Discrete wavelet transform

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In numerical analysis and functional analysis, the discrete wavelet transform (DWT) refers to wavelet transforms for which the wavelets are discretely sampled.

The first DWT was invented by the Hungarian mathematician Alfréd Haar. For an input represented by a list of numbers, the Haar wavelet transform may be considered to simply pair up input values, storing the difference and passing the sum. This process is repeated recursively, pairing up the sums to provide the next scale: finally resulting in differences and one final sum.

This simple DWT illustrates the desirable properties of wavelets in general. Firstly, the discrete transform can be performed in operations. Secondly, the transform captures not only some notion of the frequency content of the input, by examining it at different scales, but also captures temporal content, i.e. the times at which these frequencies occur. Combined, these two properties make the Fast Wavelet Transform (FWT), an alternative to the conventional Fast Fourier Transform.

The most common set of discrete wavelet transforms were formulated by the Belgian mathematician Ingrid Daubechies in 1988. This formulation is based upon the use of recurrence relations to generate progressively finer discrete samplings of an implicit mother wavelet function, each resolution being twice that of the previous scale. In her seminal paper, Daubechies derives a family of wavelets, the first of which is the Haar wavelet. Interest in this field has exploded since then, with the development of many descendants of Daubechies' original family of wavelets.

Other forms of discrete wavelet transform include the non- or undecimated wavelet transform (where downsampling is omitted), the Newland transform (where an orthonormal basis of wavelets is formed from appropriately constructed top-hat filters in frequency space). Wavelet packet transforms are also related to the discrete wavelet transform. Complex wavelet transform is another form.

The discrete wavelet transform has a huge number of applications in science, engineering, mathematics and computer science. Most notably, the discrete wavelet transform is used for signal coding, where the properties of the transform are exploited to represent a discrete signal in a more redundant form, often as a preconditioning for data compression.


One level of the transform

The DWT of a signal is calculated by passing it through a series of filters. First the samples are passed through a low pass filter with impulse response resulting in a convolution of the two:

The signal is also decomposed simultaneously using a high-pass filter . The outputs giving the detail coefficients (from the high-pass filter) and approximation coefficients (from the low-pass). It is important that the two filters are related to each other and they are known as a quadrature mirror filter.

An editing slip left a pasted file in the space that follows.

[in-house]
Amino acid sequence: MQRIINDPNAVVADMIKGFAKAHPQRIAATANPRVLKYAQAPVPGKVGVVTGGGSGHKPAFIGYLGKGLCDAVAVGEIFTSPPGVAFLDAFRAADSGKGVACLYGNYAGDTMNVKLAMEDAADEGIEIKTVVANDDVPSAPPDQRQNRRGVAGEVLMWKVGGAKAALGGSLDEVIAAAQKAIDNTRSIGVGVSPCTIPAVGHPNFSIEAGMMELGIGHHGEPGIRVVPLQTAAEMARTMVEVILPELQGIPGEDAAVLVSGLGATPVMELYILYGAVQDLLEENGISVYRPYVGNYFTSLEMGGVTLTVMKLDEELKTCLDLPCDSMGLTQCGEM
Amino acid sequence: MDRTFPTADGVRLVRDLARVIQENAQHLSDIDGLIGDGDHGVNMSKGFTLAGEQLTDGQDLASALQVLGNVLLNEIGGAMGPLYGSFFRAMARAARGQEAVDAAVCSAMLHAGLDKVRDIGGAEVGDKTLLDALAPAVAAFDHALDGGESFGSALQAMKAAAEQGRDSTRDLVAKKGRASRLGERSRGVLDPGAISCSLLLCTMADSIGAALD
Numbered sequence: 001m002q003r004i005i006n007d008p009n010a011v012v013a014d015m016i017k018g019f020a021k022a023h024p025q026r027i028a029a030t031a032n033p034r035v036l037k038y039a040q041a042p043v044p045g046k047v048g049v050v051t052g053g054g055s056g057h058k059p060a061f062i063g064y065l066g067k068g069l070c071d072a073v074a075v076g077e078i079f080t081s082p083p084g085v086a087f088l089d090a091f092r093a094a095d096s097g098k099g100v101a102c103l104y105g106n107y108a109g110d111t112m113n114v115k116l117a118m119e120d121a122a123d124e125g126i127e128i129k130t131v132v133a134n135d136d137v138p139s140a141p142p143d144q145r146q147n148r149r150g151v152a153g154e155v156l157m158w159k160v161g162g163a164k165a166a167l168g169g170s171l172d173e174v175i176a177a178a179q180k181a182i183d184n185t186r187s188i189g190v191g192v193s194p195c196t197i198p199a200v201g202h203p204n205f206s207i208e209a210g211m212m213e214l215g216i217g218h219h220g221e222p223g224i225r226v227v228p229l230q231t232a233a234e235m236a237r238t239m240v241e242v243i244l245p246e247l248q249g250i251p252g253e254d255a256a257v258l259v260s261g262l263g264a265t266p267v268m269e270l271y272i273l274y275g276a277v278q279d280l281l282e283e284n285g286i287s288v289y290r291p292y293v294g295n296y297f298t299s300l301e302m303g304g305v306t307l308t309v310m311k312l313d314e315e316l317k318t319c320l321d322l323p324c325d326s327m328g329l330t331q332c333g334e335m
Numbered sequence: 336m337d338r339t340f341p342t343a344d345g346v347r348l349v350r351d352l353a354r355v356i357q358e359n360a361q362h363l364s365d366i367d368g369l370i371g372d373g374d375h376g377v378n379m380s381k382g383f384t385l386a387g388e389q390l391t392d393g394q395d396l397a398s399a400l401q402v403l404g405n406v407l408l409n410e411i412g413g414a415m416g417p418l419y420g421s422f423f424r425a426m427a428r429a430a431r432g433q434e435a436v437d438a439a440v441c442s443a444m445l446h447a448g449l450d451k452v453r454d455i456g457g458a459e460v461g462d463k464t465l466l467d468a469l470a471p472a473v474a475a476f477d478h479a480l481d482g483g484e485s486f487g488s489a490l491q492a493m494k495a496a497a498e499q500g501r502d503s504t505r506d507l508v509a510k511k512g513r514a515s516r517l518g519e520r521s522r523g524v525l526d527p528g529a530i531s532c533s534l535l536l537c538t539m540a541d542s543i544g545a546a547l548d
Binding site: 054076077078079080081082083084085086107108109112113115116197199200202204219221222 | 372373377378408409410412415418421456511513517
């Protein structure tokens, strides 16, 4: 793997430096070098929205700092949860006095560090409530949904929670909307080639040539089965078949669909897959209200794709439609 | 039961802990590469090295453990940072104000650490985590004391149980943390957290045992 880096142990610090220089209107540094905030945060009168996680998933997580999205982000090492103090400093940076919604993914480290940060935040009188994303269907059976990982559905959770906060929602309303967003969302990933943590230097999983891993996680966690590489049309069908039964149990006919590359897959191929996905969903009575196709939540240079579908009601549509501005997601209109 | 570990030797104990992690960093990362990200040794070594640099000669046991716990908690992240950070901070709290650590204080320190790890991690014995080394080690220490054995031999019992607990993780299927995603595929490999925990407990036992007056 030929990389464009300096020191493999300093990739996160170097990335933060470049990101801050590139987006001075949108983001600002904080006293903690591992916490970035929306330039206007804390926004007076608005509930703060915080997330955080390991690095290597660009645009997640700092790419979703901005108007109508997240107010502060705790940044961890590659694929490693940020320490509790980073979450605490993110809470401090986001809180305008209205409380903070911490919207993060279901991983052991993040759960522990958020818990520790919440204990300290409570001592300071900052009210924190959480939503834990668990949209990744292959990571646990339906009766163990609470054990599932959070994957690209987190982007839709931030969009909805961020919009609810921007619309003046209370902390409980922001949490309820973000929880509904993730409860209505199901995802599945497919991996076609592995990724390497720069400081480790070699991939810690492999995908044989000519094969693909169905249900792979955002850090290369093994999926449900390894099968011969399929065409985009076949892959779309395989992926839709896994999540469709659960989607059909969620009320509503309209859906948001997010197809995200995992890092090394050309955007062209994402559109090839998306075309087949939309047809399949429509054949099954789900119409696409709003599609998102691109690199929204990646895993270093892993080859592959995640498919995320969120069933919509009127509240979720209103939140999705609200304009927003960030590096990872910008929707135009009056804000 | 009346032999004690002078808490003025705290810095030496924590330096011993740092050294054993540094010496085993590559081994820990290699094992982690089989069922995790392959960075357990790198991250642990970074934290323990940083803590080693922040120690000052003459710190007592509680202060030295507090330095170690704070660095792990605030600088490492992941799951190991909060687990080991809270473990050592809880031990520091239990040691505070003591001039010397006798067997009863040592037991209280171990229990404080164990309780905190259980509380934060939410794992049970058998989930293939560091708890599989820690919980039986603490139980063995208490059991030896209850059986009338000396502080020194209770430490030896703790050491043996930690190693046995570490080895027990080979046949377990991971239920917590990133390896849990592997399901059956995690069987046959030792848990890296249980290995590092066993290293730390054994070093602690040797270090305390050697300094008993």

However, since half the frequencies of the signal have now been removed, half the samples can be discarded according to Nyquist’s rule. The filter outputs are then downsampled by 2:

This decomposition has halved the time resolution since only half of each filter output characterises the signal. However, each output has half the frequency band of the input so the frequency resolution has been doubled. This is in keeping with the Heisenberg Uncertainty Principle.

Block diagram of filter analysis

With the downsampling operator

the above summation can be written more concisely.

However computing a complete convolution with subsequent downsampling would waste computation time.

The Lifting scheme is an optimization where these two computations are interleaved.

Cascading and Filter banks

This decomposition is repeated to further increase the frequency resolution and the approximation coefficients decomposed with high and low pass filters and then down-sampled. This is represented as a binary tree with nodes representing a sub-space with a different time-frequency localisation. The tree is known as a filter bank.

A 3 level filter bank

At each level in the above diagram the signal is decomposed into low and high frequencies. Due to the decomposition process the input signal must be a multiple of where is the number of levels.

For example a signal with 32 samples, frequency range 0 to and 3 levels of decomposition, 4 output scales are produced:

Level Frequencies Samples
3 to 4
to 4
2 to 8
1 to 16
Frequency domain representation of the DWT

Code examples

In its simplest form, the DWT is remarkably easy to compute.

The Haar wavelet in Java:

   public static int[] invoke(int[] input){
       //WARNING: This will destroy the contents of the input array
       //This function assumes input.length=2^n, n>1
       int[] output = new int[input.length];
       for(int length = input.length >> 1; ; length >>= 1){
       //length=2^n, WITH DECREASING n
           for(int i = 0; i < length; i++) {
               int sum = input[i*2]+input[i*2+1];
               int difference = input[i*2]-input[i*2+1];
               output[i] = sum;
               output[length+i] = difference;
           if (length == 1) 
               return output;
           //Swap arrays to do next iteration
           System.arraycopy(output, 0, input, 0, length<<1);

A fast lifting implementation of the discrete biorthogonal CDF 9/7 wavelet transform in C language, used in the JPEG-2000 image compression standard can be found here.


Stéphane Mallat, A Wavelet Tour of Signal Processing

See also